In 1965, the Canadian government announced a $500 million fund for the construction and renovation of buildings serving education in the health sciences. Eager to benefit from this funding, the University, the Ottawa General Hospital, the Ottawa Civic Hospital, and various federal, municipal and provincial representatives entered into protracted discussions about where, when, and how to spend the $100 million allotted to the Ottawa-Carleton region to build new health sciences facilities. 

Much of the debate revolved around whether the University should build its own, 400-bed teaching hospital in Sandy Hill, near to the existing Faculty of Medicine buildings; or whether it should move its Faculty of Medicine to Alta Vista, where the new Ottawa General Hospital would be constructed alongside the Children’s Hospital of Eastern Ontario. 

The negotiations proved so frustrating that F.C. Rhodes Chalke, vice-dean of the Faculty of Medicine, created a tongue-in-cheek board game called “The game of health science centre.” The game pits a “Striver” — who seeks to successfully build a health science centre — against a “Defender” — who seeks to thwart that goal. While the Striver proceeds around the board, encountering various obstacles, the Defender can strategically play three “Change the Rules” cards, which send the Striver back to the beginning, to start all over again. Reflecting the mood of the participants, Chalkes stipulated that all proceeds from sales of the game would “be used to establish a rest home for worn-out players,” including Dean J.J. Lussier. 

Eventually, the decision was made to move the Faculty of Medicine to Alta Vista, where the hospitals could benefit from the University’s research laboratories, and the University could benefit from the hospitals’ clinical facilities. 

A new home, at last

The new $36 million health sciences building opened on September 25, 1982. Housing the Faculty of Medicine, Faculty of Health Sciences, School of Nursing, School of Rehabilitation and the Health Sciences Library, the building counts more than 1000 rooms, including auditoria, classrooms, science laboratories, research facilities, office and study spaces.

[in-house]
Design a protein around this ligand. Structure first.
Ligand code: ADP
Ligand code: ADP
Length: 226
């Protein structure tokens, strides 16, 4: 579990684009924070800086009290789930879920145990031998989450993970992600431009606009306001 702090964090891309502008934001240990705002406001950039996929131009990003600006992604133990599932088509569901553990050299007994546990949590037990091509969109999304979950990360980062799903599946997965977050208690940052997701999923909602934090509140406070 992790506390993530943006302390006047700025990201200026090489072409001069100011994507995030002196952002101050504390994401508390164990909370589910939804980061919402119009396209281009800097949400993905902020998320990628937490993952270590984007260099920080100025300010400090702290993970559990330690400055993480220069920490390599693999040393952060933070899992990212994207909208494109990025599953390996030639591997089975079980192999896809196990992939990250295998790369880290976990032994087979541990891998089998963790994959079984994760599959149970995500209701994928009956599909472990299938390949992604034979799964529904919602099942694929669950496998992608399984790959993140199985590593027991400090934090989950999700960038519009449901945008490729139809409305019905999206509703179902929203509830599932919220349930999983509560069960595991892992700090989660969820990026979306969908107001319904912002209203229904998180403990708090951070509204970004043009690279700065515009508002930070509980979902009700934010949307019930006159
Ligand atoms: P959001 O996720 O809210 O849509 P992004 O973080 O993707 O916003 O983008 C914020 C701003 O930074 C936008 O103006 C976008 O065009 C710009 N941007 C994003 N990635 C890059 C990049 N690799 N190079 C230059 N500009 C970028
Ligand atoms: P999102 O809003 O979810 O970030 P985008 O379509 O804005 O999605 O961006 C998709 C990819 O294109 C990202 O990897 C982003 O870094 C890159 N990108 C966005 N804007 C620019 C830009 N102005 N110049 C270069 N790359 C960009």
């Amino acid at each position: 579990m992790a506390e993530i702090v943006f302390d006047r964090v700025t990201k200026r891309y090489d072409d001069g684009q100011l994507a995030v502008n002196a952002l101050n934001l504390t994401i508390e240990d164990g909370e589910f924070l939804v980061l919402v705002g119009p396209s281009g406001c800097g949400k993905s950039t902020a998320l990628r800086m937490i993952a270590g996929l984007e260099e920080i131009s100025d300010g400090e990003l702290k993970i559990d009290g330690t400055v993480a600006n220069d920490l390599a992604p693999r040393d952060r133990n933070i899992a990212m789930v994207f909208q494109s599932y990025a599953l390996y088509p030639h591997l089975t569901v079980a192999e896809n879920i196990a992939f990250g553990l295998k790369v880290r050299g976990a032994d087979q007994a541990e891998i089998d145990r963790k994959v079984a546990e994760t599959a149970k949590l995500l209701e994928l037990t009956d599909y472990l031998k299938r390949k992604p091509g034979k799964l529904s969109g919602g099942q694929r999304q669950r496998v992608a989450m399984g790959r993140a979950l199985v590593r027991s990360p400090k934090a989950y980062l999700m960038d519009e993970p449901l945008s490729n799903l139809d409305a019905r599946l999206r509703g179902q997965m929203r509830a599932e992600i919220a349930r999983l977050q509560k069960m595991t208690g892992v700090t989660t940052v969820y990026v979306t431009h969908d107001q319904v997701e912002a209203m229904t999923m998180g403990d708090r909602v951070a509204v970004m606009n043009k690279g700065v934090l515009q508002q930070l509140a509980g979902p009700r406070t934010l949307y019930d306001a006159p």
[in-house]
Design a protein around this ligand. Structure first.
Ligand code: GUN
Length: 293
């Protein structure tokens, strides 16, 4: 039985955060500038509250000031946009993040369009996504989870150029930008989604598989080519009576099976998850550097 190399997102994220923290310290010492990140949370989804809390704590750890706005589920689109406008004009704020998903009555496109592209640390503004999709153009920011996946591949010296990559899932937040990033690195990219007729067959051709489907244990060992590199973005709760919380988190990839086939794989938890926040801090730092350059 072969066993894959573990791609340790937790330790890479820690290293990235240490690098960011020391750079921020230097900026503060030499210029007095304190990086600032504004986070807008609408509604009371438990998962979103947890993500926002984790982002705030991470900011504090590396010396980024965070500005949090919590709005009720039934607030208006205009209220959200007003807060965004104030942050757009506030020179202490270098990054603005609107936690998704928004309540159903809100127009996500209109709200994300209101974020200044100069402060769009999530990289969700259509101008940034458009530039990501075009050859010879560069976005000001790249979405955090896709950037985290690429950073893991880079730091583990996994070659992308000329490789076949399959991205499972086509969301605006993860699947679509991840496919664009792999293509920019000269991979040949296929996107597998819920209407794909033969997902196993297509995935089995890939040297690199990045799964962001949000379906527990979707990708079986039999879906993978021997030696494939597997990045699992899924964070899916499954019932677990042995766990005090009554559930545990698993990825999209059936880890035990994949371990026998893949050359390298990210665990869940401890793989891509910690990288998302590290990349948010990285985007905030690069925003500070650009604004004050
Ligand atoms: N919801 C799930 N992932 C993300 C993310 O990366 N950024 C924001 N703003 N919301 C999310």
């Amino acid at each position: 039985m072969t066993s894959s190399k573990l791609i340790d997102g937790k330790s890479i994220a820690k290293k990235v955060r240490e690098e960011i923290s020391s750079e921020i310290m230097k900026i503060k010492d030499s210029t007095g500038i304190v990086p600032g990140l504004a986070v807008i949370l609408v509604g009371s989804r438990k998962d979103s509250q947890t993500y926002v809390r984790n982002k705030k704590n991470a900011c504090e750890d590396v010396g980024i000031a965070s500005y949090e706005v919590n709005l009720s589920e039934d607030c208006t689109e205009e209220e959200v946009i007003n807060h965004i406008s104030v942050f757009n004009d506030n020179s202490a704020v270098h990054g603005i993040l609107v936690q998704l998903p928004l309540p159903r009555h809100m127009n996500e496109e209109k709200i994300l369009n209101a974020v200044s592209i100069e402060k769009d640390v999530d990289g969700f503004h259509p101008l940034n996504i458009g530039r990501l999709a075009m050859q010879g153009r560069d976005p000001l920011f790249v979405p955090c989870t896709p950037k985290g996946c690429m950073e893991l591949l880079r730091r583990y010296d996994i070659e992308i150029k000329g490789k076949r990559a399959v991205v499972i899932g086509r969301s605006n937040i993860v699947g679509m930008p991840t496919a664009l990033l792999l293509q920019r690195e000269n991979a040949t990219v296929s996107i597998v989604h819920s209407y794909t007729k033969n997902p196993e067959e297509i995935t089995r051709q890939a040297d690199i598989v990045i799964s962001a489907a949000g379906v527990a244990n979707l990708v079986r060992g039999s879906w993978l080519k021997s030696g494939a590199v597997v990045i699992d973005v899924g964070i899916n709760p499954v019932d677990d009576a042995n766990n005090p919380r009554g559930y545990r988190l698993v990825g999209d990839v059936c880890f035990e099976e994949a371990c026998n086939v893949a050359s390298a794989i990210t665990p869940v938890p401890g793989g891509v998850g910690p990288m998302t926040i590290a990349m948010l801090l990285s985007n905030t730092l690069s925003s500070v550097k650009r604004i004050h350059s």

In 1984, the building was aptly renamed Guindon Hall after Roger Guindon, rector of uOttawa from 1965 to 1984, and a guiding member of the team of “Strivers” who, through many decades of setbacks, made the health science centre a reality. 

Looking ahead

The Faculty’s five-year strategic plan, released in October 2019, calls for the University to invest in a new research building for the Faculty of Medicine, as well as optimizing and retrofitting existing research space and infrastructure. As the Medical School continues to grow and change, so will the buildings that it calls home. 

A barracks building, with snow on the roof and icicles hanging from the eaves, stands on snow-covered ground.

The barracks buildings were so cold in the winter, the lab’s hamsters sometimes went into hibernation overnight. 

Two rows of tables stand in a large room. At the front of the room, a human skeleton hangs on a frame in front of a blackboard.

This room in the barracks was repurposed as a dissection lab.

A square concrete building with rows of windows

This medical school building opened in 1954. Its beauty was in the eye of the beholder. 

A view of the entrance of Roger Guindon hall.

The new $36 million health sciences building, now named Roger Guindon Hall, opened on September 25, 1982. 


Back to top